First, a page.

DXY alternates gains with losses around 92.50.
The dollar bounces off post-CPI drops near 92.30.
Industrial Production, Mortgage Applications next of note in the docket.
The greenback starts the Wednesday’s session in the old continent on the backfooting around the 92.50 zone when gauged by the US Dollar Index (DXY).
The index reverses Tuesday’s small uptick and quickly fades the earlier move to the 92.70 region, where also sits the 20-day SMA.
DXY traded within a volatile fashion on Tuesday, retreating to new lows near 92.30 soon after the discouraging US inflation prints just to quickly reverse the move and close the day with small gains in the 92.657/70 band.
The current knee-jerk in the dollar comes amidst the steady performance of US yields, where the 10-year benchmark note now appears side-lined below the 1.30% mark.
In the meantime, a sustainable retracement in the dollar looks unlikely for the time being despite the recent loss of upside traction in inflation underpins the start of the tapering process later in the year (certainly later than September). Delta concerns and the impact on growth outlook, safe haven demand ultimately the start of QE tapering are all seen tempering bearish moves in the buck.
In the US data space, MBA’s Mortgage Applications comes in the first turn seconded by Export/Import Prices, the NY Empire State Index, Industrial/Manufacturing Production and Capacity Utilization.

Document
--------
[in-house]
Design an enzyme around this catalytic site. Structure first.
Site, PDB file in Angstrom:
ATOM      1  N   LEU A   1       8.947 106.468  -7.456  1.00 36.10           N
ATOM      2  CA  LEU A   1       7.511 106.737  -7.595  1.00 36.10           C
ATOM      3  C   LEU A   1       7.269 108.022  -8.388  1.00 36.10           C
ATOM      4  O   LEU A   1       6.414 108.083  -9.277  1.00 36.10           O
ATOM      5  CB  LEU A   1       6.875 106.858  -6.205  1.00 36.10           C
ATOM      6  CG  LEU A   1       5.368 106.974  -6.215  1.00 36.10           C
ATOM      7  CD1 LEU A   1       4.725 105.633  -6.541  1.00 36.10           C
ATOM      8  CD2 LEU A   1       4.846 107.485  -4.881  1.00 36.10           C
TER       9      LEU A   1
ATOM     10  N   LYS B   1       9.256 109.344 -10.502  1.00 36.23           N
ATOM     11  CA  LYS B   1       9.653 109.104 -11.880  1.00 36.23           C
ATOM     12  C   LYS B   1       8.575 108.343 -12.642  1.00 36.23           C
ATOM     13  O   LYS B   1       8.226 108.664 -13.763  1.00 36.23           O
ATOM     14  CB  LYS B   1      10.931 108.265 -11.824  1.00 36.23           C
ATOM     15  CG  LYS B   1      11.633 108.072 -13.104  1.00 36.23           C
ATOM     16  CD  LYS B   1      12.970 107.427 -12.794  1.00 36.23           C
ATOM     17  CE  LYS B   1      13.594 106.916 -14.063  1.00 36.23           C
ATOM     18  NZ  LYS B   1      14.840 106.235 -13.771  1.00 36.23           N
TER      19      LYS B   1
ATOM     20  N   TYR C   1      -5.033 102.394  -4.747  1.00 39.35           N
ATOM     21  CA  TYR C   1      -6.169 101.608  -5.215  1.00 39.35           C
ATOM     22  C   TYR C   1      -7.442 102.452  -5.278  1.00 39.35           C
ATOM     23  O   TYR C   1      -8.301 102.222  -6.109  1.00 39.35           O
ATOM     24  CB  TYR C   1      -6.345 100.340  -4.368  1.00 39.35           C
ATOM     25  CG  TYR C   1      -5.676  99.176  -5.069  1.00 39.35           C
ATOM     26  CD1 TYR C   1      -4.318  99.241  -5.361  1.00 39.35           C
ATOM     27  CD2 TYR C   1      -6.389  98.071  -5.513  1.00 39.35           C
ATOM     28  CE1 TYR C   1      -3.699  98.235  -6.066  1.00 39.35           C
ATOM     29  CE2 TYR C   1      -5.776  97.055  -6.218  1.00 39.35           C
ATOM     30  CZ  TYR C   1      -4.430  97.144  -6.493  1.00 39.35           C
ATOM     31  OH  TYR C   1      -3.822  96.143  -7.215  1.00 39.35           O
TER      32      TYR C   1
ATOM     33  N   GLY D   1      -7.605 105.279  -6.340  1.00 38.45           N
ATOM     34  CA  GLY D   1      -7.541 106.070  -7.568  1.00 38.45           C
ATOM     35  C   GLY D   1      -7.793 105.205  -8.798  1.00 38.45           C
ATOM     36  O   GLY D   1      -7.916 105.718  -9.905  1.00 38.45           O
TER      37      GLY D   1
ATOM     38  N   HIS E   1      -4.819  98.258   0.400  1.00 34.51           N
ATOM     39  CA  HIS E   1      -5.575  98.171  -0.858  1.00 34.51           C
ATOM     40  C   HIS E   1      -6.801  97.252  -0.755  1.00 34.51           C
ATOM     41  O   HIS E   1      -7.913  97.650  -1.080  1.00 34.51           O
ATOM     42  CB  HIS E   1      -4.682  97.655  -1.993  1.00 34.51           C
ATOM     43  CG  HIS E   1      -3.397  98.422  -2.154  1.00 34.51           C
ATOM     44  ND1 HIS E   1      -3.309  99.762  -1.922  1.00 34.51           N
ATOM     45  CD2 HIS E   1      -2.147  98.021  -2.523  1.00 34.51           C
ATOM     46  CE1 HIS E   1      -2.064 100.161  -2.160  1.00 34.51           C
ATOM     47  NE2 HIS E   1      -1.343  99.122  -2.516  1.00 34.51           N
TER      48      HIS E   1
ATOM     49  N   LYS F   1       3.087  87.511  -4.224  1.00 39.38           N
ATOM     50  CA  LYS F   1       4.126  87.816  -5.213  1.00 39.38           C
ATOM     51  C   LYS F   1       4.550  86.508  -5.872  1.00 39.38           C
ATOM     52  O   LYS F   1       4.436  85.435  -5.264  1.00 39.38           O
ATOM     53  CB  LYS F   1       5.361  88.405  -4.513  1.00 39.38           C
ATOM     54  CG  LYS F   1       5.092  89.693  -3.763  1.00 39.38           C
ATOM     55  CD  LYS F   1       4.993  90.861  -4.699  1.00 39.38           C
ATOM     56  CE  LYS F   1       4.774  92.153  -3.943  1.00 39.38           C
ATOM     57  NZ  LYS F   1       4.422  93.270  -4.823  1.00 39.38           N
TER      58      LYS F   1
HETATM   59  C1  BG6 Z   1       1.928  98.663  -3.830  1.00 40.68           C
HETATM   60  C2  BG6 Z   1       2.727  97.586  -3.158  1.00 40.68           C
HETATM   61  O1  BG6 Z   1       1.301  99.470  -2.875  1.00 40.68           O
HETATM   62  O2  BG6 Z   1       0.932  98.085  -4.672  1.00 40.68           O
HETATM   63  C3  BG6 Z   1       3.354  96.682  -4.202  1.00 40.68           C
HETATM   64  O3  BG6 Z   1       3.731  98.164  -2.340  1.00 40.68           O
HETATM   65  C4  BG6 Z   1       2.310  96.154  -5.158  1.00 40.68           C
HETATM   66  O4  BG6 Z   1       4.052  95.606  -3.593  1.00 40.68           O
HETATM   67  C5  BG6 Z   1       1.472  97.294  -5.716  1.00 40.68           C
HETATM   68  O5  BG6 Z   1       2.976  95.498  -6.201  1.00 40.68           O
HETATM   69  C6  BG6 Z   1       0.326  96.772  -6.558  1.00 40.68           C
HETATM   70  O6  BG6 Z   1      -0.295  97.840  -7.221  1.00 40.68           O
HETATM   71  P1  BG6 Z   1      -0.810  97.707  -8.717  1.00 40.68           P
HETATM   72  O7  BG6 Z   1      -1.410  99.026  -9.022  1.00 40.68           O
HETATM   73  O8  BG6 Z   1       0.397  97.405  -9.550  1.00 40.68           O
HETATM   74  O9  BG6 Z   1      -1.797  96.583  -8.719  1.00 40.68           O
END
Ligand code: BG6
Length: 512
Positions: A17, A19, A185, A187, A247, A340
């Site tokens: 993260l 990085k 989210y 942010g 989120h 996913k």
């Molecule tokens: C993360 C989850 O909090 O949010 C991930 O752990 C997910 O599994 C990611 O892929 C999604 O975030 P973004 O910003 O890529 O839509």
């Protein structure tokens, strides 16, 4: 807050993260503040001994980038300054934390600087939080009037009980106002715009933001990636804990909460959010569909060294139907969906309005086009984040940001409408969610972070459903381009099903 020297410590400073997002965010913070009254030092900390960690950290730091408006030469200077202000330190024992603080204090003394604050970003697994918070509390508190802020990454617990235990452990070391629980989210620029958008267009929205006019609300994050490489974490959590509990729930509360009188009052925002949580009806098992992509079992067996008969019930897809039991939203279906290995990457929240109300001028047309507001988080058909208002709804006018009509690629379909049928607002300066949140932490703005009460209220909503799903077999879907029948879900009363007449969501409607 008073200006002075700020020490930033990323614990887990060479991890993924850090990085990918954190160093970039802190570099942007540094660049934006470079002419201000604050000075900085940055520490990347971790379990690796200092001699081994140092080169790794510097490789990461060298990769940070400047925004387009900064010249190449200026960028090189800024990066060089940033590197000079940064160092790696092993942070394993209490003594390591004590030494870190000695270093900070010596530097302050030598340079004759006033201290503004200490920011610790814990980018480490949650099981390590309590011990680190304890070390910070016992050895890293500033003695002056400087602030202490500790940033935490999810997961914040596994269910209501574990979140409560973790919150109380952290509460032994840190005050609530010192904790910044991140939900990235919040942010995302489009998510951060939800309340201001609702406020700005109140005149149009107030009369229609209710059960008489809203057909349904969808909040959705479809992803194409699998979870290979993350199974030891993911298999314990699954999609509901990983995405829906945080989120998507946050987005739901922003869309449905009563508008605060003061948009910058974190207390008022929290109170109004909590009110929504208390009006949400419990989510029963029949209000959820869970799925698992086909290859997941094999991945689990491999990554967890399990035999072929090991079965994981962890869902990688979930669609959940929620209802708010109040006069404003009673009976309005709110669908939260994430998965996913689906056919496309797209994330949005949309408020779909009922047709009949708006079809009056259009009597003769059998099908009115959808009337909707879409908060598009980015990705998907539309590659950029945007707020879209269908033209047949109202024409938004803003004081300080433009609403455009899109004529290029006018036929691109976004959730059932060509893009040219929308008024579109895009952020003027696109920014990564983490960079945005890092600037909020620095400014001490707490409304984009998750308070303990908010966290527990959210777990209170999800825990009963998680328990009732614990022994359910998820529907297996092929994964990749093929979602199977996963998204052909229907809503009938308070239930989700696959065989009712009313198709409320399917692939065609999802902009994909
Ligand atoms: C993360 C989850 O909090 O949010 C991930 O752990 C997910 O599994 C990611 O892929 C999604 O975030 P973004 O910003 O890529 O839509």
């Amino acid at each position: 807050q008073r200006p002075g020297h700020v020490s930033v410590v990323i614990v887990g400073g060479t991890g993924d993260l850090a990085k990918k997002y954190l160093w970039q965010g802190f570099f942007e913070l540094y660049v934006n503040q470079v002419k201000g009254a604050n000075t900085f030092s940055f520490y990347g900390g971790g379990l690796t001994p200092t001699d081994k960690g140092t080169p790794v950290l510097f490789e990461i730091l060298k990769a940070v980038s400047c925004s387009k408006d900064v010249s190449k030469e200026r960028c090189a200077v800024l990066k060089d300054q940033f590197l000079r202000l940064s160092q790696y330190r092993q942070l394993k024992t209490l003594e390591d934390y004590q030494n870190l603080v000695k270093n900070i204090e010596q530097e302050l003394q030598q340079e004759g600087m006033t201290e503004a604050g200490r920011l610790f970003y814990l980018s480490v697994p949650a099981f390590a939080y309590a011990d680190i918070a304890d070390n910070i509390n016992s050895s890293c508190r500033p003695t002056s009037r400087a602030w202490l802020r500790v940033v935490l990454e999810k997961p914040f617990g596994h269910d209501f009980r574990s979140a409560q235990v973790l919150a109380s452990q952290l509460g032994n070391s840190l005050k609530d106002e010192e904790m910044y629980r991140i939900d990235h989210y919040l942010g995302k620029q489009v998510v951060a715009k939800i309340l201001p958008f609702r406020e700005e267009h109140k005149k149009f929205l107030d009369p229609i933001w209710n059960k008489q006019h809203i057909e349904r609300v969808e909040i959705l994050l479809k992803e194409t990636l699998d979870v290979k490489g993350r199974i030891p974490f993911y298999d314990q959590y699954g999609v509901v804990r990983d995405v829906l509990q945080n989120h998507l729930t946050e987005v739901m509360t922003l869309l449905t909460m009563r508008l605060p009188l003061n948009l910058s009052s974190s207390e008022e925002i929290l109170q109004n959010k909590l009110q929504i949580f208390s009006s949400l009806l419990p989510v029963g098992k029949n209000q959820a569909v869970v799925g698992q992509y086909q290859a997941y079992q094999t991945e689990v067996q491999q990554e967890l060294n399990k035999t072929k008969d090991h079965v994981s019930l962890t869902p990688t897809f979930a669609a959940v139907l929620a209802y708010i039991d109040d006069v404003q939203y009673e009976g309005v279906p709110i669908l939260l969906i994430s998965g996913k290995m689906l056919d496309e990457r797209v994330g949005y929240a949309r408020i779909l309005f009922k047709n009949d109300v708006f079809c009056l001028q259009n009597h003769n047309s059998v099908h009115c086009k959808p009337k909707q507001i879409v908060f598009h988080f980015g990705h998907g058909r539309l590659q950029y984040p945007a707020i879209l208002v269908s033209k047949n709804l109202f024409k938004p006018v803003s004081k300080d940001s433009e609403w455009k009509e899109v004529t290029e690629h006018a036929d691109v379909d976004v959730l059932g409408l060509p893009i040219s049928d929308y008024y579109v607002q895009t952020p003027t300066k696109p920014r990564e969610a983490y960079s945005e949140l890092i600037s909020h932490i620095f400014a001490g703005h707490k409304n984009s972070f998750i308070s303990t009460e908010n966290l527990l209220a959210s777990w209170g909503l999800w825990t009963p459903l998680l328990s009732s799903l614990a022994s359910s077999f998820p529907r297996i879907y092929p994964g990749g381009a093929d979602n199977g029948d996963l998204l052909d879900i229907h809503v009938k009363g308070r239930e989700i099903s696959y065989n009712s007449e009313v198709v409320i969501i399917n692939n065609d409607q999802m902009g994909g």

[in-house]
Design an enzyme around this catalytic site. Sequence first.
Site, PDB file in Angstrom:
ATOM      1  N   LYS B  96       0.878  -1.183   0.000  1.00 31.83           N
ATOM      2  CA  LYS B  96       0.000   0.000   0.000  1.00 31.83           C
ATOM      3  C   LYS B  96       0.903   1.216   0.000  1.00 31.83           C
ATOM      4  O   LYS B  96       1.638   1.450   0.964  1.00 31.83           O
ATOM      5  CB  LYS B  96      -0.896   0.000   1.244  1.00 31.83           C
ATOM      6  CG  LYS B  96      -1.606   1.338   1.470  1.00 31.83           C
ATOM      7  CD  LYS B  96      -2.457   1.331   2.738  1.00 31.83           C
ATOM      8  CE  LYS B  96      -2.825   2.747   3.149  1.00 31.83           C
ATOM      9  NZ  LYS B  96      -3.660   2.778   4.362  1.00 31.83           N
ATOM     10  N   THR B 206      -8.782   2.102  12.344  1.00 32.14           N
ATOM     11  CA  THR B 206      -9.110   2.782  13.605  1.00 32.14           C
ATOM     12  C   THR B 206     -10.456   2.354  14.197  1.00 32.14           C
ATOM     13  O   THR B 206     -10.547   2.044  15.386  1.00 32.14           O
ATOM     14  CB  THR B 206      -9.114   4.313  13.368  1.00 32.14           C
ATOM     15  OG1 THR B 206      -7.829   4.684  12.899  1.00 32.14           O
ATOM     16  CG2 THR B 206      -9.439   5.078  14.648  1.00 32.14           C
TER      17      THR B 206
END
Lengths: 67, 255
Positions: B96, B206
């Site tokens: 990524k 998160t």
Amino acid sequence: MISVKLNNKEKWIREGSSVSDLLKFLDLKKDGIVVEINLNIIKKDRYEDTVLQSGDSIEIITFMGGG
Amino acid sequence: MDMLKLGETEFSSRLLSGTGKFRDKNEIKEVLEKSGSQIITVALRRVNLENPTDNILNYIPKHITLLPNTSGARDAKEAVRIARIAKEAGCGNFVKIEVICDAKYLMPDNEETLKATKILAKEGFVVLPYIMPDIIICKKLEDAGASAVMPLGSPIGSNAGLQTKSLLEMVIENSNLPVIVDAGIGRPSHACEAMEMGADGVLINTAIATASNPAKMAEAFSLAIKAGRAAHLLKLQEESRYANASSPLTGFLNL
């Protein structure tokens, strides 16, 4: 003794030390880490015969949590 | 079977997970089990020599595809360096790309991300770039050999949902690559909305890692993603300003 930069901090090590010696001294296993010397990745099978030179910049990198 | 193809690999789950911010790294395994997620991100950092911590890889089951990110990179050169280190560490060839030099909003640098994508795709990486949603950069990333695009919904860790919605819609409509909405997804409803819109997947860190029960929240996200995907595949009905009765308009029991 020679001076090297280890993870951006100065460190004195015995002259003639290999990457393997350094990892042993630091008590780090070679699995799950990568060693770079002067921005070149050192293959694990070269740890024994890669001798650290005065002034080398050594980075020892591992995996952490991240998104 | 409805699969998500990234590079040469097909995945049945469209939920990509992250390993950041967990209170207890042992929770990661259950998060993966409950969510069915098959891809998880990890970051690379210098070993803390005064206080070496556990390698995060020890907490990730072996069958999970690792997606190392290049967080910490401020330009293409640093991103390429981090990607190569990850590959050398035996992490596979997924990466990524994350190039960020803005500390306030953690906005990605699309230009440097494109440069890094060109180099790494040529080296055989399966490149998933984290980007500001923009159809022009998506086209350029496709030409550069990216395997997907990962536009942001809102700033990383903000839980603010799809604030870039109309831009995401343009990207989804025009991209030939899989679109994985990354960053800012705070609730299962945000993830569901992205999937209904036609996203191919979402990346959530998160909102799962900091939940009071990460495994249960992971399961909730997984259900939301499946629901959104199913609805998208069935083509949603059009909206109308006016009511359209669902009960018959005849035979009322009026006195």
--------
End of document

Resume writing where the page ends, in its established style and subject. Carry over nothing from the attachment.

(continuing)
DXY’s performance remains erratic so far this week, with gains so far limited by Monday’s peaks just below the 93.00 barrier. Steady yields and the lack of direction in the broad risk appetite trends prompt some consolidation in the dollar in the very near term, while perseverant COVID jitters, doubts surrounding the rebound in the US economic activity and inflation risks remain as key factors underpinning the buck for the time being.
Key events in the US this week: MBA Mortgage Applications, Industrial Production (Wednesday) – Retail Sales, Initial Claims, Philly Fed Index, Business Inventories (Thursday) – Flash September Consumer Sentiment (Friday).
Eminent issues on the back boiler: Biden’s multi-trillion plan to support infrastructure and families. US-China trade conflict under the Biden’s administration. Tapering speculation vs. economic recovery. US real interest rates vs. Europe. Debt ceiling debate. Geopolitical risks stemming from Afghanistan.
Now, the index is losing 0.10% at 92.56 and a break above 92.88 (monthly high Sep.13) would open the door to 93.18 (high Aug.27) and then 93.72 (2021 high Aug.20). On the flip side, the next down barrier emerges at 92.32 (weekly low Sep.14) seconded by 91.94 (monthly low Sep.3) and finally 91.78 (monthly low Jul.30).